Fish Fighters: Anne Mosness
“I went as a lark for three weeks to Alaska and I actually loved it,” Anne explained. She fished salmon on her own for many years, returning to fish with her father as he grew older. During 28 years at sea, Anne sometimes brought her children along with her.
“My 10-year-old son was on the boat when my father was 80,” Anne recalled. “It was so wonderful to hear my father tell my son his stories and to pass on the skills and the values and the traditions of fishing and life. It was one of the most wonderful times of my life.” In the 1980s, Anne became president of the Women’s Maritime Association, where she fought for criminal penalties and reporting procedures in cases of rape and assault at sea.
Then, as Anne saw commercial fishing threatened by industrial salmon production, she developed the “Go Wild Campaign,” educating consumers about the benefits of wild salmon. Highlighting the risk of the dye in farmed salmon to chemical-sensitive consumers, she successfully sued for the enforcement of laws that required farmed fish to be labeled as containing artificial colorants.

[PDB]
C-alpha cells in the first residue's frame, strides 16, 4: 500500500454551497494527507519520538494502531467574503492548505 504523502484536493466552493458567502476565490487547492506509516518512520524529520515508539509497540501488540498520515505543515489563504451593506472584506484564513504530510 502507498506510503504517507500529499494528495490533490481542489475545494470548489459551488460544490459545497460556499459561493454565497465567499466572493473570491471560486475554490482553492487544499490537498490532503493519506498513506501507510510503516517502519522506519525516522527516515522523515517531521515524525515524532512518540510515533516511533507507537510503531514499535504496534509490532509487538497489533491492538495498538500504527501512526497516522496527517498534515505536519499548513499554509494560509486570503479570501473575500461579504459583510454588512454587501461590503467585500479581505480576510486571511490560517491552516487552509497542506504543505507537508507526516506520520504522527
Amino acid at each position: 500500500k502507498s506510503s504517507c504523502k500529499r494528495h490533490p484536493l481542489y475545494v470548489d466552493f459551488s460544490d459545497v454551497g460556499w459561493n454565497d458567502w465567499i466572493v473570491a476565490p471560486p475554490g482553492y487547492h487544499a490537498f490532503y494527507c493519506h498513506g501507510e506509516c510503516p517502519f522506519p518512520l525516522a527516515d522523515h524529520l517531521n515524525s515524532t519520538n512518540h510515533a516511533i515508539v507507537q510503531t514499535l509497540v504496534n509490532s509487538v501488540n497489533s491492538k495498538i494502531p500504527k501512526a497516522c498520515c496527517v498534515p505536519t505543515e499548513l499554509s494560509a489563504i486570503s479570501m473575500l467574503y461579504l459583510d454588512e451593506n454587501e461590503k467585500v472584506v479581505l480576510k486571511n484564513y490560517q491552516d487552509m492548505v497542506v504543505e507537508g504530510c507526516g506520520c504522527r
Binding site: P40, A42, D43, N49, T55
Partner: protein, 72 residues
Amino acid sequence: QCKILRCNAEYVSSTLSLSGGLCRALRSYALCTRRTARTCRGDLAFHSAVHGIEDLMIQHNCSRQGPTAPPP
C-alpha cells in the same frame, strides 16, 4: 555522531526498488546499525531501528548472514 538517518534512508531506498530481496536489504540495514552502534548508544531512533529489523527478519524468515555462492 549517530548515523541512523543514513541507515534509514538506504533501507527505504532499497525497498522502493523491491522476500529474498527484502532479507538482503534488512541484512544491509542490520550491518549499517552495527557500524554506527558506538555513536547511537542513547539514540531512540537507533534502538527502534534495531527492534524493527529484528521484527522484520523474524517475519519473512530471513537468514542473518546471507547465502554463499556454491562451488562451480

Now, Anne works in cooperation with commercial, tribal and sport fishermen and conservationists from around the world against industrial fish farming, offshore drilling and open pit mining. For inspiration, Anne thinks of her friends in remote and indigenous communities she got to know while fishing in Bristol Bay.
“Those are vibrant little communities, and the people have existed on the salmon populations for thousands and thousands of years. I remember them when I do the work that Im doing because it would end their whole culture if a 1700 foot deep open pit mine using arsenic and cyanide to take out gold and copper was allowed in the headwaters of the region where last summer 43 million sockeye returned to Bristol Bay.”